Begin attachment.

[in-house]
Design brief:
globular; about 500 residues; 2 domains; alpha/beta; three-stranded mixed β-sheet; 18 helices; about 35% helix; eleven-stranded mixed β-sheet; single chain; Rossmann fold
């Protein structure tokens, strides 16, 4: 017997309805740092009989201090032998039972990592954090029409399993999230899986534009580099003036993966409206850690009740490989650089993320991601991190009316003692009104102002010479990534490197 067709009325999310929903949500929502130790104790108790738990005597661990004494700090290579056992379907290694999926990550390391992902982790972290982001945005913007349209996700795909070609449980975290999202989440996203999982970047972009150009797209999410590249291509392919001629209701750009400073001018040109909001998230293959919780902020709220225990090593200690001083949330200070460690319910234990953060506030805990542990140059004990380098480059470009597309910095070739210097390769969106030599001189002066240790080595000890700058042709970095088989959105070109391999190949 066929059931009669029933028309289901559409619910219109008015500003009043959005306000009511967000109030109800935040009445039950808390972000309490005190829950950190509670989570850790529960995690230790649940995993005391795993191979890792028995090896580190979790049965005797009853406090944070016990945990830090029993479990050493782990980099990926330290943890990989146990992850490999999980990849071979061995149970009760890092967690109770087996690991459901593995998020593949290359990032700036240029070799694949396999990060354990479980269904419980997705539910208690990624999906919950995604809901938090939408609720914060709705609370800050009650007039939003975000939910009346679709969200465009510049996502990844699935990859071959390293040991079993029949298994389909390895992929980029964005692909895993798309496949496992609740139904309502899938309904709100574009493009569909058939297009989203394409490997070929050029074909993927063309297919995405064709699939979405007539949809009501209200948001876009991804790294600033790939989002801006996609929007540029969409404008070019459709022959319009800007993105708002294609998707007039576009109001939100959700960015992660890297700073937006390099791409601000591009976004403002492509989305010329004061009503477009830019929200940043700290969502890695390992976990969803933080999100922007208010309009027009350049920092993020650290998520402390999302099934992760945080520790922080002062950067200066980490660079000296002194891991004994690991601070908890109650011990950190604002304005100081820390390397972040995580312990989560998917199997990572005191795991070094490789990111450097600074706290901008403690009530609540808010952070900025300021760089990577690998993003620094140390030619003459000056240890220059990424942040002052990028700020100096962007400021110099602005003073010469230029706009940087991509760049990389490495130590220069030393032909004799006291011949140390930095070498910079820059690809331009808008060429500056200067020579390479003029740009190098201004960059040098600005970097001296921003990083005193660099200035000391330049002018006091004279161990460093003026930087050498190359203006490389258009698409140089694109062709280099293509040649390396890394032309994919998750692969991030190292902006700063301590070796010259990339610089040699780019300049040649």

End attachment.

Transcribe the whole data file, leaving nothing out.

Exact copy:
[in-house]
Design brief:
globular; about 500 residues; 2 domains; alpha/beta; three-stranded mixed β-sheet; 18 helices; about 35% helix; eleven-stranded mixed β-sheet; single chain; Rossmann fold
């Protein structure tokens, strides 16, 4: 017997309805740092009989201090032998039972990592954090029409399993999230899986534009580099003036993966409206850690009740490989650089993320991601991190009316003692009104102002010479990534490197 067709009325999310929903949500929502130790104790108790738990005597661990004494700090290579056992379907290694999926990550390391992902982790972290982001945005913007349209996700795909070609449980975290999202989440996203999982970047972009150009797209999410590249291509392919001629209701750009400073001018040109909001998230293959919780902020709220225990090593200690001083949330200070460690319910234990953060506030805990542990140059004990380098480059470009597309910095070739210097390769969106030599001189002066240790080595000890700058042709970095088989959105070109391999190949 066929059931009669029933028309289901559409619910219109008015500003009043959005306000009511967000109030109800935040009445039950808390972000309490005190829950950190509670989570850790529960995690230790649940995993005391795993191979890792028995090896580190979790049965005797009853406090944070016990945990830090029993479990050493782990980099990926330290943890990989146990992850490999999980990849071979061995149970009760890092967690109770087996690991459901593995998020593949290359990032700036240029070799694949396999990060354990479980269904419980997705539910208690990624999906919950995604809901938090939408609720914060709705609370800050009650007039939003975000939910009346679709969200465009510049996502990844699935990859071959390293040991079993029949298994389909390895992929980029964005692909895993798309496949496992609740139904309502899938309904709100574009493009569909058939297009989203394409490997070929050029074909993927063309297919995405064709699939979405007539949809009501209200948001876009991804790294600033790939989002801006996609929007540029969409404008070019459709022959319009800007993105708002294609998707007039576009109001939100959700960015992660890297700073937006390099791409601000591009976004403002492509989305010329004061009503477009830019929200940043700290969502890695390992976990969803933080999100922007208010309009027009350049920092993020650290998520402390999302099934992760945080520790922080002062950067200066980490660079000296002194891991004994690991601070908890109650011990950190604002304005100081820390390397972040995580312990989560998917199997990572005191795991070094490789990111450097600074706290901008403690009530609540808010952070900025300021760089990577690998993003620094140390030619003459000056240890220059990424942040002052990028700020100096962007400021110099602005003073010469230029706009940087991509760049990389490495130590220069030393032909004799006291011949140390930095070498910079820059690809331009808008060429500056200067020579390479003029740009190098201004960059040098600005970097001296921003990083005193660099200035000391330049002018006091004279161990460093003026930087050498190359203006490389258009698409140089694109062709280099293509040649390396890394032309994919998750692969991030190292902006700063301590070796010259990339610089040699780019300049040649």